Polk County: School official wants intelligent design

This just in from the Lakeland Ledger.

A Polk County School Board member said Monday she wants the district to consider opposing proposed new science standards for Florida schools that would include specific mention of evolution for the first time.

However, Polk board member Kay Fields objects to the portion of the standards that includes evolution, and she said she will talk with Superintendent Gail McKinzie this week about possible action the district can take.

“There needs to be intelligent design as well,” Fields said. “You need to show both sides.”

Florida Citizens for Science board member Jonathan Smith was quoted in the story (as a National Center for Science Education representative).

Smith’s group supports the proposed standards and says there is overwhelming support in the scientific community for teaching evolution, while the idea of intelligent design is not scientifically valid.

And here we see the same old “it’s just a theory” junk trotted out:

People have had limited opportunity to voice their opinions to state officials in person. Two meetings about the new standards were canceled.

The second and last meeting for the public to attend will be on Thursday in Orlando.

At the first meeting Saturday in Tallahassee, Wakulla County Board member Greg Thomas spoke out against the new standards.

“This will run afoul of many students and teachers,” Thomas said Monday. “When I was taught this in public schools it was Darwin’s theory of evolution.”

For the record, the word theory has a different meaning in science. If I heard correctly, the additional public meetings were canceled because there supposedly wasn’t time for proper advance notice to the public.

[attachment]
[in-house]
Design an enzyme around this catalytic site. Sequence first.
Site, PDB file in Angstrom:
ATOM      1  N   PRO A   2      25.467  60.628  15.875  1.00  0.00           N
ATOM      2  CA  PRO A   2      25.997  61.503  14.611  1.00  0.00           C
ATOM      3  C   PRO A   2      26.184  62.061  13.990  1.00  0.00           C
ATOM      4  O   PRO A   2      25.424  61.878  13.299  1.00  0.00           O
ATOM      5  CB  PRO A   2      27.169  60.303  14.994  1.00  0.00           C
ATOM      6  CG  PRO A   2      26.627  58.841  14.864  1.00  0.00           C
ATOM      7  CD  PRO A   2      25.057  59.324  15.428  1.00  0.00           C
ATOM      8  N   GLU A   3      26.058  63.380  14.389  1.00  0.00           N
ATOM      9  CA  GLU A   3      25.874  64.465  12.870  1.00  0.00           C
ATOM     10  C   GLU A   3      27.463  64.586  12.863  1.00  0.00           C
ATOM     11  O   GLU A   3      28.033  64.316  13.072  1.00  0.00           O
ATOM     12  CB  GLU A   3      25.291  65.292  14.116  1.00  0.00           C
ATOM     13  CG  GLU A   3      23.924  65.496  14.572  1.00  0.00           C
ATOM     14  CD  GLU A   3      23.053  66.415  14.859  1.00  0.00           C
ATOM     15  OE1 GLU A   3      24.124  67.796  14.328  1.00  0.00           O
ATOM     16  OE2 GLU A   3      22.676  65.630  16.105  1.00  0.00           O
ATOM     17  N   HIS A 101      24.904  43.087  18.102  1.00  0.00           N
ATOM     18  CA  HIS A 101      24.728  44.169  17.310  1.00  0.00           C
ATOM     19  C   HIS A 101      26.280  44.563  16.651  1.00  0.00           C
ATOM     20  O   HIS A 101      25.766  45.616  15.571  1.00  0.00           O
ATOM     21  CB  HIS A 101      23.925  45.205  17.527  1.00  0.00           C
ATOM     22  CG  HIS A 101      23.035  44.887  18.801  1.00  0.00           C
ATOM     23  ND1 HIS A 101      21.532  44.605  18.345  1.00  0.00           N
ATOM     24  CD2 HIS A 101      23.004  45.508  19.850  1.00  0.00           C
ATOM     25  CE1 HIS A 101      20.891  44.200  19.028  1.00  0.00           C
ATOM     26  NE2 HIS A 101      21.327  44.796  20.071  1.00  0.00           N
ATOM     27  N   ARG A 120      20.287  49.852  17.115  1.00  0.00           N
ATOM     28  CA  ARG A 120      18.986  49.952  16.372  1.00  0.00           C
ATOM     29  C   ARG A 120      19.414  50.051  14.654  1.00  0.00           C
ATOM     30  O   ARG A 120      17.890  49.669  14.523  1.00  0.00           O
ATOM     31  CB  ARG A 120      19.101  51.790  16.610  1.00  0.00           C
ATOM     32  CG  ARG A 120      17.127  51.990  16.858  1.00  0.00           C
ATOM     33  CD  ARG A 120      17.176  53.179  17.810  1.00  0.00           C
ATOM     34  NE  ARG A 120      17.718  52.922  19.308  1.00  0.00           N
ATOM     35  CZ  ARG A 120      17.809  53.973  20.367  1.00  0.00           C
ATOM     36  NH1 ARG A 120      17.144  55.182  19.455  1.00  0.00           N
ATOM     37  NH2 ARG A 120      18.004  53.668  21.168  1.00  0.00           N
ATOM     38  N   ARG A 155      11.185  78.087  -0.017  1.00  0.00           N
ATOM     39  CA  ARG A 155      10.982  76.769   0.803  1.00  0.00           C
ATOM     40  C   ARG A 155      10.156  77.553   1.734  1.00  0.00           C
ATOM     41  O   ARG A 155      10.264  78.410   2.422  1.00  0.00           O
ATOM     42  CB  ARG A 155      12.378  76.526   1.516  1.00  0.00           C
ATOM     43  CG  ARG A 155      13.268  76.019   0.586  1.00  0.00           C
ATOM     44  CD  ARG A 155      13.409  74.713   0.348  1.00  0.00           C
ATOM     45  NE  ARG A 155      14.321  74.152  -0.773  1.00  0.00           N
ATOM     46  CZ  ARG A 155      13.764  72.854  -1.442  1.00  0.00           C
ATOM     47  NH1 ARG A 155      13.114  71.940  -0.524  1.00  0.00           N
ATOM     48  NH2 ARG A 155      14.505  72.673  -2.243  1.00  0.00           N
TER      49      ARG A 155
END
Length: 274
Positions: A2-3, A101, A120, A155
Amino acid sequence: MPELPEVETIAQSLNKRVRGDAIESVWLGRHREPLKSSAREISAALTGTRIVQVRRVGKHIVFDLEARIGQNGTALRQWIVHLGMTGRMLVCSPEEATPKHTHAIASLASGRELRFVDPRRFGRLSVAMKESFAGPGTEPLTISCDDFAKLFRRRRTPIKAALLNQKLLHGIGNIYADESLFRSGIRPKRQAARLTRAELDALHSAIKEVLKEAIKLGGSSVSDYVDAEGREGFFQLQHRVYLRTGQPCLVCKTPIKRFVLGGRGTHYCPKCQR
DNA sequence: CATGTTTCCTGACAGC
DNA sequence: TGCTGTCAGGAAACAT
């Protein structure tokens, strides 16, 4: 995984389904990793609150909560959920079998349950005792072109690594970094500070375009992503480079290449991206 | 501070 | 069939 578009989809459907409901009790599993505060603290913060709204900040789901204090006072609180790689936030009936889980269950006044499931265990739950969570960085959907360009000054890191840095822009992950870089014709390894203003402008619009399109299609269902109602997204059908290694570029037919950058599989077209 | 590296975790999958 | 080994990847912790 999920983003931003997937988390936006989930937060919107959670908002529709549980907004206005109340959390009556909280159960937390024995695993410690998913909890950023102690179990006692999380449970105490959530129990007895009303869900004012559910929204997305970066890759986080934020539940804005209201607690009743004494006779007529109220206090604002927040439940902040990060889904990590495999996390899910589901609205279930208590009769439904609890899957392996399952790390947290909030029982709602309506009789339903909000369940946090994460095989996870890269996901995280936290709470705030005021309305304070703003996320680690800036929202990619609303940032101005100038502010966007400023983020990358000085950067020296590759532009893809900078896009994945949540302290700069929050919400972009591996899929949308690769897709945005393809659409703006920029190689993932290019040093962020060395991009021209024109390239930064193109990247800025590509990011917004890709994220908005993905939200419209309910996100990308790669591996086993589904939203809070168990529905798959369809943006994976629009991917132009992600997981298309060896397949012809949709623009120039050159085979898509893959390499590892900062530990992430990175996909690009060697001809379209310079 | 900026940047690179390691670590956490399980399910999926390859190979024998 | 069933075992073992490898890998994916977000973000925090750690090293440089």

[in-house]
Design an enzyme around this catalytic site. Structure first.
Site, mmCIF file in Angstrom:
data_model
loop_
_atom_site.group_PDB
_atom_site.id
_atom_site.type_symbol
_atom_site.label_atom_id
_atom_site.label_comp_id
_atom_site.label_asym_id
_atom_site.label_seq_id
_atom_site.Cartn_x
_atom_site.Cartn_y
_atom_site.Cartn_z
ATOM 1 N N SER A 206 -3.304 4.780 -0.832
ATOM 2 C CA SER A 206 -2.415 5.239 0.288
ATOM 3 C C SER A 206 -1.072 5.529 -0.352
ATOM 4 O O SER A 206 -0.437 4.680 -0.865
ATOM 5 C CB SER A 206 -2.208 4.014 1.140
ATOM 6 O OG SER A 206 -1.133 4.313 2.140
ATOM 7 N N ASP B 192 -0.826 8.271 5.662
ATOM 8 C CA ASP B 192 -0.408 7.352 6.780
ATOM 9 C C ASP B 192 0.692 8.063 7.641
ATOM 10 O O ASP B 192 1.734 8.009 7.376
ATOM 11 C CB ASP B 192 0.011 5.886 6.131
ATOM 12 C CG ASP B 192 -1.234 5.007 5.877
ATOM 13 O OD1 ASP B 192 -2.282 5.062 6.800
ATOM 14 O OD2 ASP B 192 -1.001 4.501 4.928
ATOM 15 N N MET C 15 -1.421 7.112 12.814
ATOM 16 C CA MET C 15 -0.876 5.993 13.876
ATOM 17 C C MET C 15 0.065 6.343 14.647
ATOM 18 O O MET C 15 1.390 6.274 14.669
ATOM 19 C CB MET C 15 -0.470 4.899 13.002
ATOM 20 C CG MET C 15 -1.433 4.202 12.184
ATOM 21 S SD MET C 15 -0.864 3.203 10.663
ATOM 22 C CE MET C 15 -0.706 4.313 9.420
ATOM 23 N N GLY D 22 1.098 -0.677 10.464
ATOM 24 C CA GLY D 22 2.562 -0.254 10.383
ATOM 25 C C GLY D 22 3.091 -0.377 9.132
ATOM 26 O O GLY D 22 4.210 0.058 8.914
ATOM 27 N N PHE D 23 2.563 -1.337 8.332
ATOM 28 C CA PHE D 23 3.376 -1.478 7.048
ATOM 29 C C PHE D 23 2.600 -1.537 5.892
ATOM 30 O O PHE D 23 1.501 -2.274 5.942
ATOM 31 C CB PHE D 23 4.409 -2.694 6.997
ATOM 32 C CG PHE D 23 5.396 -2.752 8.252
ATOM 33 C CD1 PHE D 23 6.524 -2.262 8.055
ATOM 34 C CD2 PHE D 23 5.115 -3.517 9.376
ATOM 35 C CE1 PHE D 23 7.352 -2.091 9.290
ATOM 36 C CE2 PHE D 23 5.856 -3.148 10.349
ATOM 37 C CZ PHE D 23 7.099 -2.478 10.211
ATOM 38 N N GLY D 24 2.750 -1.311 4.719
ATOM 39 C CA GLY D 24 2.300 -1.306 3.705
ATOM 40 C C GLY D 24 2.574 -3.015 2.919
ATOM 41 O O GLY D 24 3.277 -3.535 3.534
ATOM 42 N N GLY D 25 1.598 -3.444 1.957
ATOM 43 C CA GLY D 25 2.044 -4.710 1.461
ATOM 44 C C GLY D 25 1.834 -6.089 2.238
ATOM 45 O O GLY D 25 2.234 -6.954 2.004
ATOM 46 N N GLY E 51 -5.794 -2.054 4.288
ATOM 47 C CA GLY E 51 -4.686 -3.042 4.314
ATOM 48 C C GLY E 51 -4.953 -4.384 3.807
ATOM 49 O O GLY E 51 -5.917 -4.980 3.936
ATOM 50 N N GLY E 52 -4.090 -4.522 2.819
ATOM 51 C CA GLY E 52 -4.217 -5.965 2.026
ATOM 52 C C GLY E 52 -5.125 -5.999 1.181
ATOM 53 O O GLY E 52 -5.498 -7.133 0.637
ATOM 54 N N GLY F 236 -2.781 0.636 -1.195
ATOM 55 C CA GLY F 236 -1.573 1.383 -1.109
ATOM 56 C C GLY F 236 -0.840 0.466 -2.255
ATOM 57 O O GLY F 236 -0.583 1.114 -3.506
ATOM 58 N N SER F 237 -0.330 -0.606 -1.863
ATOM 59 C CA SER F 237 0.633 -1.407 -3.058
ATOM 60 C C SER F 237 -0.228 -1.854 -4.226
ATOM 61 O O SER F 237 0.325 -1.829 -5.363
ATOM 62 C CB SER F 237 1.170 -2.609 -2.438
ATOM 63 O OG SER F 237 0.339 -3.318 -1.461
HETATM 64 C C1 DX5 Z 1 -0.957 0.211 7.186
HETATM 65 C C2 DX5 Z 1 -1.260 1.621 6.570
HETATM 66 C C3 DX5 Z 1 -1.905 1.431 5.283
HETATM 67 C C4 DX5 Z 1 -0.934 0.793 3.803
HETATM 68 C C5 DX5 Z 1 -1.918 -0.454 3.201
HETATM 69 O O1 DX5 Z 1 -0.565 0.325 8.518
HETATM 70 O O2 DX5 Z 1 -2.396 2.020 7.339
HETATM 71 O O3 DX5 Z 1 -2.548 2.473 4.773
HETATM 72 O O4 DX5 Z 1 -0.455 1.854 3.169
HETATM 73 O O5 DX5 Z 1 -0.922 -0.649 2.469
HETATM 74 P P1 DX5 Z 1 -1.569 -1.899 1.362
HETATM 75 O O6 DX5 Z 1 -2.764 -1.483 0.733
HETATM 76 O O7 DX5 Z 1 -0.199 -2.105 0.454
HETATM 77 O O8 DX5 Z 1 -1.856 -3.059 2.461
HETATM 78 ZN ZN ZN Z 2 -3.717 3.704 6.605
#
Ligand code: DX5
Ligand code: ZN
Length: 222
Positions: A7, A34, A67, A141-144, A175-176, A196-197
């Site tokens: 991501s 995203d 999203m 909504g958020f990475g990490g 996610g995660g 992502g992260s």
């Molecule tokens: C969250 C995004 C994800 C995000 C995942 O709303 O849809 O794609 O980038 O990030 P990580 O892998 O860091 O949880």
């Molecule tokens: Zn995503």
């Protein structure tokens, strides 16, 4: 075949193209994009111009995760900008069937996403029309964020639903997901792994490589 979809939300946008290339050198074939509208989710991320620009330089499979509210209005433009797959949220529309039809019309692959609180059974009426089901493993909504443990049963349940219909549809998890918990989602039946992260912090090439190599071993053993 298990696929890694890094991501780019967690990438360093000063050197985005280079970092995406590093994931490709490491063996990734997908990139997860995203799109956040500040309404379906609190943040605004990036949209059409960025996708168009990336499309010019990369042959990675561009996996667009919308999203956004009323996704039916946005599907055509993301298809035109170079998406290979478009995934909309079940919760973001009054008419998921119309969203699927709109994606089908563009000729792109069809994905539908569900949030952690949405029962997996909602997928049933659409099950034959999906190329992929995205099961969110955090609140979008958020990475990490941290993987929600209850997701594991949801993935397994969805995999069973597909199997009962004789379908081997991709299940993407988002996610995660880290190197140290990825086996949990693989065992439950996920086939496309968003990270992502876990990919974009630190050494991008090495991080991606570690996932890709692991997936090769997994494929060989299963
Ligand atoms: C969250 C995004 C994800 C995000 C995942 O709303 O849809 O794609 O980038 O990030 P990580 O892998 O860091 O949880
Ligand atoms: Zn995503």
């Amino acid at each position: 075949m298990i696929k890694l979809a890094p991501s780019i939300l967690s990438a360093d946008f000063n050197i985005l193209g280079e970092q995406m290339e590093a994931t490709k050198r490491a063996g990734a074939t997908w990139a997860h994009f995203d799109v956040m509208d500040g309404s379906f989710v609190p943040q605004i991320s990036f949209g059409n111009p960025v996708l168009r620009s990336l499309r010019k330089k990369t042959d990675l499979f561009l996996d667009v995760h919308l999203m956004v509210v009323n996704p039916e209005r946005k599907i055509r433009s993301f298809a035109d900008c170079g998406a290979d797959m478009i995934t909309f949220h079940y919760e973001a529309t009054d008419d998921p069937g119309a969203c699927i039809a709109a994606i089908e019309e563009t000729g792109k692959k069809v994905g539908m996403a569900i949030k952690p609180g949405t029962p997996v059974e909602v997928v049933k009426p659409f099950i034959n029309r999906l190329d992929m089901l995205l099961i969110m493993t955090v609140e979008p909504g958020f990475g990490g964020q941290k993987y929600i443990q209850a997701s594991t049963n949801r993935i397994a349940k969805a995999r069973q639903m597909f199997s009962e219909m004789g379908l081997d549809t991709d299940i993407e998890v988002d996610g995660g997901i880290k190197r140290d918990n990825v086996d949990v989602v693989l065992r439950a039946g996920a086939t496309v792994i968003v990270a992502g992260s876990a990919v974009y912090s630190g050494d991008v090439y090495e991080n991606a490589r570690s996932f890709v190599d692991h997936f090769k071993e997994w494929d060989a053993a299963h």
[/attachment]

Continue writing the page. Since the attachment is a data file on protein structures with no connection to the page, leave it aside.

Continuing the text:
I’m curious as to where these school board members heard about intelligent design. Friends, family, church, other parents, the library? Surely, if they heard about it, they also heard how it failed miserably in court? Tonight is a good opportunity for these folks to learn all they need to know when PBS airs a special on the subject. It should be required viewing!

12 Responses to “Polk County: School official wants intelligent design”

  1. Tim Says:

    You’re so afraid of the many fallacies of evolution being exposed that you don’t even want the other side presented? Evolution is not science, it is a belief system. Besides, Ms. Fields did not propose eliminating it from the curriculum.

    Grow a sack and don’t be scared of an alternative viewpoint.

  2. Jonathan Smith Says:

    Tim, please share with us the “many fallacies of evolution”
    You ID guys churn out the same old rhetoric without a shred of
    scientific evidence to support your egregious claims.
    Seems to me you need to spend less time thinking with your “sack”
    and try using your brain for once.

  3. Progressive Florida Says: